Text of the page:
April 17, 2009

Men, recall the dating adventures of your life. Specifically those few weeks when you were just getting to know her and she was learning about you, when things were still awkward and both of you were on pins and needles trying not to do The Wrong Thing. Because The Wrong Thing would be just the event to make the other person shout AHHHH! before running off into the night, never to be seen again. We’ve all been there.

When I was in high school and college I used to conceal my heart problem until what I felt was “the right moment”. It was hard to judge exactly when the right moment was – things had be be past the Just Talking stage, but not quite to the Dating stage. Usually when we were seeing movies and going out to dinner as “Just Friends.” Then I would tell her about my heart problems.

Why? Because I had fallen into the trap of thinking that since I wasn’t perfect, I wasn’t worthy. What could I offer anyone? And unfortunately there have been a couple of young ladies caught in that trap, also… as soon as we talked about my heart, the relationship ended.

This trap comes from the belief that anything less than perfection is a failure, and is unacceptable.  But the trap isn’t true… I do not know how or when it started, but somehow we have been convinced that the lesser citizens among us aren’t as important, or as useful. Their hopes and dreams don’t count.

For proof that this isn’t true, look no further than Susan Boyle. Susan recently appeared on Britain’s Got Talent, the show that spawned American Idol. Susan’s 47, slightly overweight, inarticulate, and not very attractive. The audience was laughing at her as she told the judges that she wanted to be a professional singer, and even the judges rolled their eyes and looked at her with dismay. Then the music started and Susan blew the walls down! (Click HERE to see Susan rock the house!)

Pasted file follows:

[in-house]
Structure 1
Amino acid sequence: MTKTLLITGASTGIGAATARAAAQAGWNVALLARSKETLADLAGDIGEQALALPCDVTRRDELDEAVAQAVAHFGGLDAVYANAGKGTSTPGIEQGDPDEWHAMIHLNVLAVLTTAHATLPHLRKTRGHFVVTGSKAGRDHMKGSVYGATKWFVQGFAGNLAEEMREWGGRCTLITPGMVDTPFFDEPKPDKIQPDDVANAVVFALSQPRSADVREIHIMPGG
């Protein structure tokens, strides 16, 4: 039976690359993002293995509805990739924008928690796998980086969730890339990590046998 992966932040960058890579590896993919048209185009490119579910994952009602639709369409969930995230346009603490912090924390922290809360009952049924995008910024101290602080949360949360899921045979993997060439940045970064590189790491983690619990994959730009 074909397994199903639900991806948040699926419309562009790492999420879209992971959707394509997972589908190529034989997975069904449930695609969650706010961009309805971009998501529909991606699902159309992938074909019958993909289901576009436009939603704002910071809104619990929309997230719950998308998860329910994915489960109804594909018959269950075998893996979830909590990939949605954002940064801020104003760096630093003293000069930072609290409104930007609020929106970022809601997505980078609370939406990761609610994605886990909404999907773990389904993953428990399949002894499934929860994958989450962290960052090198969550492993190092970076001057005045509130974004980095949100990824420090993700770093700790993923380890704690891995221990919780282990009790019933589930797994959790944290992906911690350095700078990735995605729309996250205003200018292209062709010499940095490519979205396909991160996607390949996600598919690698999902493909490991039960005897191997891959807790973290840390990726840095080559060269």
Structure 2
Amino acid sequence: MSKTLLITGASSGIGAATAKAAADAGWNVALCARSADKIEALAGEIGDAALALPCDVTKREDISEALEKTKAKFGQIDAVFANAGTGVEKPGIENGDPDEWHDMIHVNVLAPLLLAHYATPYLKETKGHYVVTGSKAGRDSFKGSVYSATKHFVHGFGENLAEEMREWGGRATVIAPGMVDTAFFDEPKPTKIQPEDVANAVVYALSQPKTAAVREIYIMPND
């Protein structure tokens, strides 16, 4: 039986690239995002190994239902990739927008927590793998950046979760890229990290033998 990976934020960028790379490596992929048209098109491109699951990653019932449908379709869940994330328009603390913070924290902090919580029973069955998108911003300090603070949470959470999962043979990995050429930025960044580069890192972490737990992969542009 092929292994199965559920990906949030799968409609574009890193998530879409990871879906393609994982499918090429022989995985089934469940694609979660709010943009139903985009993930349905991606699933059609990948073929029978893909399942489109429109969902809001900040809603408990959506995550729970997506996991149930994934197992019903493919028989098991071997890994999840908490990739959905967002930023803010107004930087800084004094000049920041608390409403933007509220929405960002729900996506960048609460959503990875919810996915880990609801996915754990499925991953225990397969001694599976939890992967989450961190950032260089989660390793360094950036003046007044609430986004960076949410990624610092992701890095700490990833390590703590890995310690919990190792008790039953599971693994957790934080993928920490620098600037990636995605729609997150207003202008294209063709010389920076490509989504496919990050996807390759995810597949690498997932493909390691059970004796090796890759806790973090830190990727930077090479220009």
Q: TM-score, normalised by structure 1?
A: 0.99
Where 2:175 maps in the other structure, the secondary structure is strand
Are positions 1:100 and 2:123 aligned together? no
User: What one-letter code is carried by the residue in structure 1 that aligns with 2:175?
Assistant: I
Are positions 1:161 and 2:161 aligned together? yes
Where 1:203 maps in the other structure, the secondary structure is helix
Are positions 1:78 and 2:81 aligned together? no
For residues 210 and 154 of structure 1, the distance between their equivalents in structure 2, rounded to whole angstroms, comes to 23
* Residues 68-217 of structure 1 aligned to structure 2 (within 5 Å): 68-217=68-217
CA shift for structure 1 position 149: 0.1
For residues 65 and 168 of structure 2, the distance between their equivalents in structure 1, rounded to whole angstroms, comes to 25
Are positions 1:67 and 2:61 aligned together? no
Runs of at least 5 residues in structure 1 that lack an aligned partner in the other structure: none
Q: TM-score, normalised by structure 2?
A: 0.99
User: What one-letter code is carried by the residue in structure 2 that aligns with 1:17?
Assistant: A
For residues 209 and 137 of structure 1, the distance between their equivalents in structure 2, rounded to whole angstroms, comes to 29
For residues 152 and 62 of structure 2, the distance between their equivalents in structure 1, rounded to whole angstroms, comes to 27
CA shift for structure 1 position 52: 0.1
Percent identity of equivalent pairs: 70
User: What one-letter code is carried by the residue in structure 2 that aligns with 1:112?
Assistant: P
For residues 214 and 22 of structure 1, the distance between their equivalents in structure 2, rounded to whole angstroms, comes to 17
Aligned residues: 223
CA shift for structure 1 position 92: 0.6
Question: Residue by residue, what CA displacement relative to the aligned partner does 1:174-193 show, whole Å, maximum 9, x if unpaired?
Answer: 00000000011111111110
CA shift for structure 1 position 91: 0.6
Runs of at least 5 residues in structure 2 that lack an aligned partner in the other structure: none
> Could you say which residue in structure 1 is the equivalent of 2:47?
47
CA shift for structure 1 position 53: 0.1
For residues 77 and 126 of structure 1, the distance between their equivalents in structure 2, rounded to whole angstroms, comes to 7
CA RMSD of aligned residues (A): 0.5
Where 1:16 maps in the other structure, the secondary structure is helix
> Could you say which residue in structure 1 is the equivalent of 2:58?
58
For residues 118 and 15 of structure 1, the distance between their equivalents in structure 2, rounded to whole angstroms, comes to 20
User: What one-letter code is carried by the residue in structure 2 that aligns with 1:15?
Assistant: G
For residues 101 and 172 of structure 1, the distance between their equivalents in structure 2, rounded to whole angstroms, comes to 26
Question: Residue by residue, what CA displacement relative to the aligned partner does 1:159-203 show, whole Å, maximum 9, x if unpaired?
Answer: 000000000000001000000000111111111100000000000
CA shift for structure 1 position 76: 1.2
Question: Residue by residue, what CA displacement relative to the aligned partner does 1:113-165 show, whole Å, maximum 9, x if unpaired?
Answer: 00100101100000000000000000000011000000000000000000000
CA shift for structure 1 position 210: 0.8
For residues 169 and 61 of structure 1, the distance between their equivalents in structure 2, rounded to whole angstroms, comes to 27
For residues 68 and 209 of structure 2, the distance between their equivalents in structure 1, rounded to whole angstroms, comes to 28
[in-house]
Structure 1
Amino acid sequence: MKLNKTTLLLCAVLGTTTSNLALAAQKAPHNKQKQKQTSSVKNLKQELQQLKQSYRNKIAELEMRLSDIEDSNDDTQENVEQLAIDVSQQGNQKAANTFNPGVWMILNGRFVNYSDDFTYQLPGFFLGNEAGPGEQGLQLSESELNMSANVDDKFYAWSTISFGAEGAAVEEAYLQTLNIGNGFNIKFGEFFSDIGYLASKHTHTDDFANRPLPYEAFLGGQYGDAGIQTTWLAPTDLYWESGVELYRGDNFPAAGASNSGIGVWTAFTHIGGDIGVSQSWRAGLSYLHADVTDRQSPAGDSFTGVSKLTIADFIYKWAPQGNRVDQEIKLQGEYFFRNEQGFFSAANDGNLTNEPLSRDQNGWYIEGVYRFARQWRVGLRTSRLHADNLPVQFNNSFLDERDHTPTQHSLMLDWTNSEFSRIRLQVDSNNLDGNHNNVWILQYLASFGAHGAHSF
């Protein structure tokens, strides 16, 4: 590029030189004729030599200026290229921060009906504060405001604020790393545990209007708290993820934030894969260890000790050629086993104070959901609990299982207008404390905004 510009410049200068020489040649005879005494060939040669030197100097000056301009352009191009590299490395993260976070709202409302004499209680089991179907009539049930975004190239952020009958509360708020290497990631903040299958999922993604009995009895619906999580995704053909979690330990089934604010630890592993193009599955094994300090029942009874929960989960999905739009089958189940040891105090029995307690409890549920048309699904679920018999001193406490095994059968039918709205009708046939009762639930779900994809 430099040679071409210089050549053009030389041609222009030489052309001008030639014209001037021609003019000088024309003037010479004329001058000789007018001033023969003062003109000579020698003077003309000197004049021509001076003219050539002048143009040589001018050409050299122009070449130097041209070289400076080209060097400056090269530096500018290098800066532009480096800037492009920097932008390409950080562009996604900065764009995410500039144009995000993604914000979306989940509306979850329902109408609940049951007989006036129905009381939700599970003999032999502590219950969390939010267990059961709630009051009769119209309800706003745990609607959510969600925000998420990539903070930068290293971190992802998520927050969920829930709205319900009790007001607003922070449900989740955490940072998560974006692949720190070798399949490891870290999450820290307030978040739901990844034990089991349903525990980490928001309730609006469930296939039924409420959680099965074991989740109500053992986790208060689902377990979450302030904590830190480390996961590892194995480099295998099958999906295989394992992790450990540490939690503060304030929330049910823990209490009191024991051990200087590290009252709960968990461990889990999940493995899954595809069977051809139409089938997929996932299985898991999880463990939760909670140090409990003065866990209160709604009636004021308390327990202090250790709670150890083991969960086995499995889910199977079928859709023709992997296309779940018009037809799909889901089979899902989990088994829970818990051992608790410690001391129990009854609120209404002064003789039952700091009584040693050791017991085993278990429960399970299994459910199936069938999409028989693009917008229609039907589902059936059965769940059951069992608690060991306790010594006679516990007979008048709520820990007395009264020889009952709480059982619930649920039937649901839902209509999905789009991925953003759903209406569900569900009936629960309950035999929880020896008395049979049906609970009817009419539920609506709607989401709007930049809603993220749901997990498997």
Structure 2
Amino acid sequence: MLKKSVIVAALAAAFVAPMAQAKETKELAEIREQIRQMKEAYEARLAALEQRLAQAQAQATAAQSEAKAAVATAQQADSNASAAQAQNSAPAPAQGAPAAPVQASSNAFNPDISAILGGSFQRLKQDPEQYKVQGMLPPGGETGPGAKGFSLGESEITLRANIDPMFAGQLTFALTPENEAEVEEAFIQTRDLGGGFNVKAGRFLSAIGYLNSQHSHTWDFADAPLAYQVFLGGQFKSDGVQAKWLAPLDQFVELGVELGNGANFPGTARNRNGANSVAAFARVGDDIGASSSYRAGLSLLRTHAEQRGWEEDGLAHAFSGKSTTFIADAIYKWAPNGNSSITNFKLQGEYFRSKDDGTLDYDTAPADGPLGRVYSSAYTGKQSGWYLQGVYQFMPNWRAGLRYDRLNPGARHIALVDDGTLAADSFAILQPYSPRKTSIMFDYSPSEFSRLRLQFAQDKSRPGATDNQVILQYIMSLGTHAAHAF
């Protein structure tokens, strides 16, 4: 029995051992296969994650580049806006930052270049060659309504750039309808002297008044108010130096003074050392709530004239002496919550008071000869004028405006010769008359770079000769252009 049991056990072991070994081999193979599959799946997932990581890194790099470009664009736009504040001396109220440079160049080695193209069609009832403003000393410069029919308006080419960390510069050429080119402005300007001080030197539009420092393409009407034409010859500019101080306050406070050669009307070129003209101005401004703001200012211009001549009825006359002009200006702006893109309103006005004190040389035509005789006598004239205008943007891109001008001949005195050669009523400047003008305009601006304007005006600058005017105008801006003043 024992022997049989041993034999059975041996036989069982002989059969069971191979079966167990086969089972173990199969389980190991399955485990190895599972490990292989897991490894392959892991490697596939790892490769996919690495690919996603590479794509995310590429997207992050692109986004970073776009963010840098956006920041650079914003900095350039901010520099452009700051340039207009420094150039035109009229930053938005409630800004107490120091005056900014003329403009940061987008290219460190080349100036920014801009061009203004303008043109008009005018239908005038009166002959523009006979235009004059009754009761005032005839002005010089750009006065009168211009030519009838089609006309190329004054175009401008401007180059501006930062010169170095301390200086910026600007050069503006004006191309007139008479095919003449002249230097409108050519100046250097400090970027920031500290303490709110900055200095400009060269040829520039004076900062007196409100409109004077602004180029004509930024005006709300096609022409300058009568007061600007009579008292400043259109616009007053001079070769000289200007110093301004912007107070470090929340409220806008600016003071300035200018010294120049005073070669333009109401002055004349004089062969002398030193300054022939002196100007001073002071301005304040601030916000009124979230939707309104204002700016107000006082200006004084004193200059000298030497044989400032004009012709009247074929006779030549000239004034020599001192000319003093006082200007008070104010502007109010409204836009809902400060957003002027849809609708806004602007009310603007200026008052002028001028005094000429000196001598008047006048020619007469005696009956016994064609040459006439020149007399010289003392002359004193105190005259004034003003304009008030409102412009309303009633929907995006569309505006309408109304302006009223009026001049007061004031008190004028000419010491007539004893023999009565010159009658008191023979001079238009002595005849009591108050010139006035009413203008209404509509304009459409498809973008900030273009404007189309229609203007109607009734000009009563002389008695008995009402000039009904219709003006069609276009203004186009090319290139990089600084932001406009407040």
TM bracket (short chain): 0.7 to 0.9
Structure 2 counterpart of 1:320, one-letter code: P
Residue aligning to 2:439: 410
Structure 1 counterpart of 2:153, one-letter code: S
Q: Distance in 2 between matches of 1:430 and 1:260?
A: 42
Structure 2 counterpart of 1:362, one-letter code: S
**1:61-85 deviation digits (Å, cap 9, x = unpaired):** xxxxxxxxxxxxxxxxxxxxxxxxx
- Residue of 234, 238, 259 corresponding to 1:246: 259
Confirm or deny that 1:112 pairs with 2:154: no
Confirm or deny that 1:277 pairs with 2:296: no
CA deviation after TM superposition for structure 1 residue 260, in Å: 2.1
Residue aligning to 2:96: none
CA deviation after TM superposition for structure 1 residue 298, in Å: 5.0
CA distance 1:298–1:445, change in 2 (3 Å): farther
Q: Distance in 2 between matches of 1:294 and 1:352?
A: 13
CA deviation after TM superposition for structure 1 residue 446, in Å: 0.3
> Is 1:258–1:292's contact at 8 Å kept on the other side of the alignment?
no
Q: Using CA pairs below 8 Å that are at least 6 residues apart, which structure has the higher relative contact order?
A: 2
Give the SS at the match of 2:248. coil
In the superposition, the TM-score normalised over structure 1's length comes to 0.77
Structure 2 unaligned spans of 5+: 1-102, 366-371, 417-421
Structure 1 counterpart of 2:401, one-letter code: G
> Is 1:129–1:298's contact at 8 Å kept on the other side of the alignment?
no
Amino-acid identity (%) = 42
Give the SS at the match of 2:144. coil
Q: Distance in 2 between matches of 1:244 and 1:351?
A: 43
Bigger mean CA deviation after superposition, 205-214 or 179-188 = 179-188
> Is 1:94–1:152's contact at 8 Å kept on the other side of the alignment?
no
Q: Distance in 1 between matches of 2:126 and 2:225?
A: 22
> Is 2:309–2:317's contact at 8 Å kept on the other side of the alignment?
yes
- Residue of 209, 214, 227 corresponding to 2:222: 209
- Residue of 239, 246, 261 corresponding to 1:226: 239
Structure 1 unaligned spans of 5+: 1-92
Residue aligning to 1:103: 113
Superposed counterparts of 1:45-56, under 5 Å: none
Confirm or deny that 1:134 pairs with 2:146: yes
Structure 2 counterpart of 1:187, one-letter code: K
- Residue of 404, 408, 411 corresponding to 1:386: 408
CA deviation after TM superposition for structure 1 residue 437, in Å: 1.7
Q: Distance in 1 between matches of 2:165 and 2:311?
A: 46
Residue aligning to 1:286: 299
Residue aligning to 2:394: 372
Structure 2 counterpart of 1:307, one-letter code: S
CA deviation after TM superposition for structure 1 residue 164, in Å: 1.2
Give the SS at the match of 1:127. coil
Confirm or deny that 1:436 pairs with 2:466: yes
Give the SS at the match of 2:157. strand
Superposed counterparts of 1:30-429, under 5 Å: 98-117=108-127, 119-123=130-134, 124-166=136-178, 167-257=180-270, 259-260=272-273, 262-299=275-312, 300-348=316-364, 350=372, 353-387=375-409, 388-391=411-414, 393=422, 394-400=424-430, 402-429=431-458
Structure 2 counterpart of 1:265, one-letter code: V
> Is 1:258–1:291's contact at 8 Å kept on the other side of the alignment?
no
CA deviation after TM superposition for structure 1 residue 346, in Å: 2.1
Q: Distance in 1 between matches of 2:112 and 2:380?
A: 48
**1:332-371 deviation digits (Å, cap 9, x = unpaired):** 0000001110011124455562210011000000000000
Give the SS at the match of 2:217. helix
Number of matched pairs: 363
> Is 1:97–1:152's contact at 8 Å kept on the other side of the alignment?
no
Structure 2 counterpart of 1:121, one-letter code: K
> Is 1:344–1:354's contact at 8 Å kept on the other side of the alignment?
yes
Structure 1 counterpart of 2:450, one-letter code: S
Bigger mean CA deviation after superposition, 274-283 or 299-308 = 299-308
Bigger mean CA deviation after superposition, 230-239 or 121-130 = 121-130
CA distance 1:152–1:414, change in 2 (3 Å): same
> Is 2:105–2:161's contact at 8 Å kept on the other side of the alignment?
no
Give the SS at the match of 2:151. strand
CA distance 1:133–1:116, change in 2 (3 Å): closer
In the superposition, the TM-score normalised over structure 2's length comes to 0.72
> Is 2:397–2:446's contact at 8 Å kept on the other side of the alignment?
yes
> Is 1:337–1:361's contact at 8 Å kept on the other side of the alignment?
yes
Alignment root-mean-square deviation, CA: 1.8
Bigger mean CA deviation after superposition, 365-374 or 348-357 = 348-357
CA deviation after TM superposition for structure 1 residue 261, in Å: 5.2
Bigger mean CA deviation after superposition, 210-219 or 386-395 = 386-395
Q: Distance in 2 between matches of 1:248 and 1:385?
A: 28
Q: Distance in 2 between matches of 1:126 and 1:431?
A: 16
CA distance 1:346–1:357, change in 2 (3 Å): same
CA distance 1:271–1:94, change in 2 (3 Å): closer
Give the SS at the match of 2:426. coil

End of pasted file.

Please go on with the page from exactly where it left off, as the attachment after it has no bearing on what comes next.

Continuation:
Today, my heart comes up fairly quickly. As soon as the young lady asks what I do and I say I advocate for CHD Survivors, she’ll usually ask how I got involved with that. The answer is obvious.

If you are the parent of a Cardiac Kid, don’t let being unlucky in love get him or her down. You can’t walk away from life; you have to take it all, the ups and the downs. I often wonder how many turndowns were really because of my health, and how many I credited to my heart because my imagination was running away with me. Remind your Cardiac Kid that even though he/she may be physically weak, they’ve already been through a lot more than any of their classmates. They are strong in ways that most people can’t imagine, and they just have to keep being strong. You can’t win if you aren’t in the game.


The Hero we Forget About

November 1, 2008